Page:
Local Nulls In Summarised Mobile And Distributed Databases
Free (open access)
D. Chan & J. F. Roddick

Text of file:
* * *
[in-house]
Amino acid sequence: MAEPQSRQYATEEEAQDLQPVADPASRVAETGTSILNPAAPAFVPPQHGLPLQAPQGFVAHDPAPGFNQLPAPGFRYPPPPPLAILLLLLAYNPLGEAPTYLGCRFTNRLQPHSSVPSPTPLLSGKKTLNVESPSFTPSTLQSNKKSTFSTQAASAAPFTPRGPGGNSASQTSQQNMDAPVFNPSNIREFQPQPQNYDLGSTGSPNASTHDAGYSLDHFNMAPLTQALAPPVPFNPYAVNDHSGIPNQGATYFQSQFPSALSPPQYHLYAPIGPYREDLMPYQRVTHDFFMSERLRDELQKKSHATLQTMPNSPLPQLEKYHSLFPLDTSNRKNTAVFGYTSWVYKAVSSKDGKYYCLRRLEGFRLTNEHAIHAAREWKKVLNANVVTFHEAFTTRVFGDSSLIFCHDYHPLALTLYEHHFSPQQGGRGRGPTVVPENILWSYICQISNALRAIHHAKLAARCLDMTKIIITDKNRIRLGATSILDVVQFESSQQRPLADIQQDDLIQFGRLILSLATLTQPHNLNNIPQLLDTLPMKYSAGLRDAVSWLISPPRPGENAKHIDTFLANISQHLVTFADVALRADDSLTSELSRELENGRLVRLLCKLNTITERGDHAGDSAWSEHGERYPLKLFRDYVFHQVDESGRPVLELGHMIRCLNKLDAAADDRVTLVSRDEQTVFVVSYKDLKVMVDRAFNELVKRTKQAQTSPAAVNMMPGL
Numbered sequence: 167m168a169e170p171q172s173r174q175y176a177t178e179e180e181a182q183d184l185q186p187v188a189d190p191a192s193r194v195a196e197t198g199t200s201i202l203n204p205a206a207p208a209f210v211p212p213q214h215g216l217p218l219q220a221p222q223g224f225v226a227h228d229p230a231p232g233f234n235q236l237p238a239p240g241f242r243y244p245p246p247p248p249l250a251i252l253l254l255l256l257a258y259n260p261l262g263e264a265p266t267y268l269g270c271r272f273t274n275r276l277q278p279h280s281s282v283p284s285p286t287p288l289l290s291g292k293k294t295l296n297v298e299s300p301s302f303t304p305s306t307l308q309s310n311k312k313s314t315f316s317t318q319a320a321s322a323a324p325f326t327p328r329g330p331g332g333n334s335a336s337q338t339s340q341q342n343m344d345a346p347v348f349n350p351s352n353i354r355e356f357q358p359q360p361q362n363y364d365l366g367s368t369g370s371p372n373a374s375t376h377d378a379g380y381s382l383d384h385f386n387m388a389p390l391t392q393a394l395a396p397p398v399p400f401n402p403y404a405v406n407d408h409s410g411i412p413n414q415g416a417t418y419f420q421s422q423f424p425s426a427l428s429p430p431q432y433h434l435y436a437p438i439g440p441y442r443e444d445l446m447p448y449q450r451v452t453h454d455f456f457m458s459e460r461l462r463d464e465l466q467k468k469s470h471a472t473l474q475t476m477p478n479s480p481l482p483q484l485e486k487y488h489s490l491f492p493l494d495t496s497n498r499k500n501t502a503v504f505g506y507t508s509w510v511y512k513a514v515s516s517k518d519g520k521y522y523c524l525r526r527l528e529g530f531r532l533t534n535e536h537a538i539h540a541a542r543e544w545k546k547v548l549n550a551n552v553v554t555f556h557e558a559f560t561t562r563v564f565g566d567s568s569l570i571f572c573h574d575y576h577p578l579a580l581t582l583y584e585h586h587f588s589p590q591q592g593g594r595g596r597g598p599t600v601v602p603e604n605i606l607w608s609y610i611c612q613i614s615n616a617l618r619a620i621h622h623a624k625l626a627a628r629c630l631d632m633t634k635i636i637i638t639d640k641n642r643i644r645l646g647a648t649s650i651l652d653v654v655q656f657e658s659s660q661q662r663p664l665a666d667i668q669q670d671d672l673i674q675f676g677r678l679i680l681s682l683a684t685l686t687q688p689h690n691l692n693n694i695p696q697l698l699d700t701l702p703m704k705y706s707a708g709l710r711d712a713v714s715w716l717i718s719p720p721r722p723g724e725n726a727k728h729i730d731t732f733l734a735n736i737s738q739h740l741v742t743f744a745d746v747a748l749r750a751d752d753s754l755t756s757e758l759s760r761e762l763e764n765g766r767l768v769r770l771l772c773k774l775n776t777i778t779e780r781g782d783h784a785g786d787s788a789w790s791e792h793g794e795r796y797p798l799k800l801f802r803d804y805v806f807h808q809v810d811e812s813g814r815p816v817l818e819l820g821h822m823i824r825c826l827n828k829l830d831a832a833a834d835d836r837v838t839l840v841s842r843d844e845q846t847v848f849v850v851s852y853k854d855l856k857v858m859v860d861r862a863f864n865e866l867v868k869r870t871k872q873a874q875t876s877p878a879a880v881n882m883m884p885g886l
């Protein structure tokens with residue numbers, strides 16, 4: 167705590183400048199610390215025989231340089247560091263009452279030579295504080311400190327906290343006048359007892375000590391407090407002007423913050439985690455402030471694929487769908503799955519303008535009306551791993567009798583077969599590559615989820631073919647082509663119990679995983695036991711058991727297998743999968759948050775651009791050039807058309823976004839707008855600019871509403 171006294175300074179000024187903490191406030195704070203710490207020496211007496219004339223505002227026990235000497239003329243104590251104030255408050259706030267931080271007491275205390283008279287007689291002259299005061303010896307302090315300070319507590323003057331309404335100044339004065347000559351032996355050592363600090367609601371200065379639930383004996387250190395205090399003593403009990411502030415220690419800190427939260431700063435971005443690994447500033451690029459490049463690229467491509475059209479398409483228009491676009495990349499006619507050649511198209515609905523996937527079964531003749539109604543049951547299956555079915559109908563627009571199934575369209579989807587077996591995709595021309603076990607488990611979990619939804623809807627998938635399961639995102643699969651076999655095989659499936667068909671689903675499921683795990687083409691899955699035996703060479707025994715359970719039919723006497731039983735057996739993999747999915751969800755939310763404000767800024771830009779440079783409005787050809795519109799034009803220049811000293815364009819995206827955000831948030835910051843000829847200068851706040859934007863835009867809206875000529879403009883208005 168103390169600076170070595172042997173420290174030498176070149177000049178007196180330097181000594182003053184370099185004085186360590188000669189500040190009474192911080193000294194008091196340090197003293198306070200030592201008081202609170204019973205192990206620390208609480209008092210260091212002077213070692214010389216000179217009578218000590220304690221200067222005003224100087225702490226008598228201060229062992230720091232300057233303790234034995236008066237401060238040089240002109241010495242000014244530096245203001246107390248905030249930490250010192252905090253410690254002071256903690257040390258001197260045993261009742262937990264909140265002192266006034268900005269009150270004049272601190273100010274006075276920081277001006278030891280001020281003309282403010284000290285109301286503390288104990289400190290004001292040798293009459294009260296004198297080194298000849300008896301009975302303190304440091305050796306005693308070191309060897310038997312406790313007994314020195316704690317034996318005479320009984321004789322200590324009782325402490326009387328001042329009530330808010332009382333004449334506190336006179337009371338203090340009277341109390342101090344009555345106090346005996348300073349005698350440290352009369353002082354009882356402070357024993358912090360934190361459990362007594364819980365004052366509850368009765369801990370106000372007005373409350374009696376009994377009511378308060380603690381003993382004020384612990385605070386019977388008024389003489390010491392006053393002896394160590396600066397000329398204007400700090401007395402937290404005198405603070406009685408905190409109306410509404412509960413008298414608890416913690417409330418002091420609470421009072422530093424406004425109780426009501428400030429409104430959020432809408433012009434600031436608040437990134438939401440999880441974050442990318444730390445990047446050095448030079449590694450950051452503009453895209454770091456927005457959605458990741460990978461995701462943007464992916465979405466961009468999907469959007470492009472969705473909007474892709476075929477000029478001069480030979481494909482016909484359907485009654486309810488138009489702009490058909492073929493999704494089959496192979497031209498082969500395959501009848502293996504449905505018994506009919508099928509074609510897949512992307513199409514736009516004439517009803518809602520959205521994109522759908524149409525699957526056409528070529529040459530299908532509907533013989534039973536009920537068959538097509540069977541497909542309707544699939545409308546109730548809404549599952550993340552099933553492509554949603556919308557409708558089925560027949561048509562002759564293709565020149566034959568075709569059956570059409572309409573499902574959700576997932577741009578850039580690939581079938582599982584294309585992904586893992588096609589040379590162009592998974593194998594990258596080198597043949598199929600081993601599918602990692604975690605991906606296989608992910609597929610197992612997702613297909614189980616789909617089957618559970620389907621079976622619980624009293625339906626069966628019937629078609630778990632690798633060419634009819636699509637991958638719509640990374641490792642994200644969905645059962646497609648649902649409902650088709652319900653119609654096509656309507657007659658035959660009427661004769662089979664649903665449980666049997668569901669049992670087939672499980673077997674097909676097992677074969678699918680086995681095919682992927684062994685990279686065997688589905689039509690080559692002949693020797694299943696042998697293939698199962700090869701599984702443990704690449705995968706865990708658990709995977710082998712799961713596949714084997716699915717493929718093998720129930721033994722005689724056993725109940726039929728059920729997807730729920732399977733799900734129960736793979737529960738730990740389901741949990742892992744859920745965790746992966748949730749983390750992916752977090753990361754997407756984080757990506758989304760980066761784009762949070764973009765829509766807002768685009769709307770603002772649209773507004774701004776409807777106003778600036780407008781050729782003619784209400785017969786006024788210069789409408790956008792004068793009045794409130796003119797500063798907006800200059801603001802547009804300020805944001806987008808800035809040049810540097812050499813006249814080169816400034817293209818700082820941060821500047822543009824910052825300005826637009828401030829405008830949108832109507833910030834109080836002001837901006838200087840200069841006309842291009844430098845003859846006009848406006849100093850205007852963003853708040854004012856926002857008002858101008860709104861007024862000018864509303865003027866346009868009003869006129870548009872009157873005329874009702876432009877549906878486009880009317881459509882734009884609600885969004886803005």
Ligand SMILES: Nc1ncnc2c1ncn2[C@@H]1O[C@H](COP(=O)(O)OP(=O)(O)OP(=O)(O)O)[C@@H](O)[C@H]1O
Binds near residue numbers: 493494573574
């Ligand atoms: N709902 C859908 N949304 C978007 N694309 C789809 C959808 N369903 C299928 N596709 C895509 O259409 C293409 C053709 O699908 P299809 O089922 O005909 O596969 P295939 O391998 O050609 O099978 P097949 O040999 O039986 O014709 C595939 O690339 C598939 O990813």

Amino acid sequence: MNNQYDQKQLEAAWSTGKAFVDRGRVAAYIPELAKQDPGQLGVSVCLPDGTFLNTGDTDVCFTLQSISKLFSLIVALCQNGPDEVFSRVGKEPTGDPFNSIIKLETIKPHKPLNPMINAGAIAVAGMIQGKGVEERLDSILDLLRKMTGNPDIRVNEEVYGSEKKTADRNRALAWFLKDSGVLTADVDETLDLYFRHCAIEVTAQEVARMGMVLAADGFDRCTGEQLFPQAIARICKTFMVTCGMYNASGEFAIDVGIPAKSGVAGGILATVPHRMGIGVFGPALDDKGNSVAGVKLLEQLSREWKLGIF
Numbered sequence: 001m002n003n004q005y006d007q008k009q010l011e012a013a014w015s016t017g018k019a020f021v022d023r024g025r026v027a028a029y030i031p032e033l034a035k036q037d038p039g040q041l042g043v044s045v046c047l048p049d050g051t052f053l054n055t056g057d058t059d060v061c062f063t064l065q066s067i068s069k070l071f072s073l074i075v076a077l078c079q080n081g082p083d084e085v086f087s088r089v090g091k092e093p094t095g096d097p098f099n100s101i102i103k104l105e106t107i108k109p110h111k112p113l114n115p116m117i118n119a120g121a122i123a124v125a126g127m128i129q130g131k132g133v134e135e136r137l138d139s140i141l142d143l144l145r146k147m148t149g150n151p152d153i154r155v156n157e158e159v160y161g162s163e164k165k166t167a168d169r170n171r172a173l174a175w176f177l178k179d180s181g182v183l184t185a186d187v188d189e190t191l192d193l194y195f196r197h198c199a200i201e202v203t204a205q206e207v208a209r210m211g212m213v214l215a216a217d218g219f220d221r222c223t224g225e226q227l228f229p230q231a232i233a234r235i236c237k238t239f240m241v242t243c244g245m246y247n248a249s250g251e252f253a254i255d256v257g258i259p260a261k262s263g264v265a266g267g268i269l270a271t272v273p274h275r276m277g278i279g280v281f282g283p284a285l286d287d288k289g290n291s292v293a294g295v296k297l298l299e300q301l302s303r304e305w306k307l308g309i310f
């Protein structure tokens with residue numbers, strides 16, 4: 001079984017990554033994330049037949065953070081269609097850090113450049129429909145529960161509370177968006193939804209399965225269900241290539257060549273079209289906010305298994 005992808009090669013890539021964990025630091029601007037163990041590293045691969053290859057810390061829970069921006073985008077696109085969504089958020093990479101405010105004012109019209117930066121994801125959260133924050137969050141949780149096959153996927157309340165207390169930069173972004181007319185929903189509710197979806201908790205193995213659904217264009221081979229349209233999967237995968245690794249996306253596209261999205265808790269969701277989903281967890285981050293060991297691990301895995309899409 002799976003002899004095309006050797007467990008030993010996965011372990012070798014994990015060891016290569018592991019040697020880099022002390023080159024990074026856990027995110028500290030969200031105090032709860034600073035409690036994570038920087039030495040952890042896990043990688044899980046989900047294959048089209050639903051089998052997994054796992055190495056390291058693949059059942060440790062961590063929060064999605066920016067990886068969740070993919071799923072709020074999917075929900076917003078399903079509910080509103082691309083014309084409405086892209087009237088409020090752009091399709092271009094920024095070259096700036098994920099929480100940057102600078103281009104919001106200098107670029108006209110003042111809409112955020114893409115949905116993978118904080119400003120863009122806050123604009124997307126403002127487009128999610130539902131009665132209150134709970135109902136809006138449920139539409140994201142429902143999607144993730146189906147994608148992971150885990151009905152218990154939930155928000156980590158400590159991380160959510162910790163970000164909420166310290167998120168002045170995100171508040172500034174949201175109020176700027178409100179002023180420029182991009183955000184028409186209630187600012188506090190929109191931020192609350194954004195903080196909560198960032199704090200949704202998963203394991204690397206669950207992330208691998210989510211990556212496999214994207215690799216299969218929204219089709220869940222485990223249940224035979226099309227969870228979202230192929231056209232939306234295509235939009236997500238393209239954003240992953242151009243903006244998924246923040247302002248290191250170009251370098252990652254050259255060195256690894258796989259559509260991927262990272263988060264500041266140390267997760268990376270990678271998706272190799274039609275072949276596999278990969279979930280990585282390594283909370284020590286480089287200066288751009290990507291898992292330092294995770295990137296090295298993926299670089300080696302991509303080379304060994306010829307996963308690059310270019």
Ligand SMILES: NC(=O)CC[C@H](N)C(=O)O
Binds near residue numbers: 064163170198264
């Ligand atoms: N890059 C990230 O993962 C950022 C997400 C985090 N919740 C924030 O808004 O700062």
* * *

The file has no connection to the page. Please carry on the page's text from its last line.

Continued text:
The concept and semantics of null values in relational databases has been discussed widely since the introduction of the relational data model in the late 1960s. With the introduction of highly mobile, distributed databases, in order to preserve the accepted soundness and completeness criteria, the semantics of the null value needs to expand to reflect a localised lack of information that may not be apparent for the global database. This paper discusses an extension to the notion of nulls to include the semantics of ‘local’ nulls. The paper introduces local nulls in terms of amendments to the relational algebra and examines its impact on query languages. 1 Previous research and motivation Much of the research on the semantics of null values in relational databases dates back to the 1970s and 1980s [1–7]. The two definitions of nulls as given by Codd are missing and applicable, and missing and inapplicable  and Zaniolo  later proposed a third definition as, essentially, a lack of knowledge about the attribute’s applicability, or no information. To handle null values, various logical approaches have been developed. For example, the commonly-used three value logic includes true, false (often by virtue of a value’s absence - q.v. the closed-world assumption ), and a maybe value which indicates that the results may be true [9, 10]. A four value logic has also been proposed which includes an additional truth value, which represents the outcome of evaluating expressions which have inapplicable values [11, 12]. Approaches to accommodating null values in practical systems include the work of Motro  who uses the ideas of conceptual closeness fill the vacancies represented by a null value and Roth et al. who aim to include nulls in NF 2 databases . Null values have also been studied in relation to schema evolution and integration [14, 15].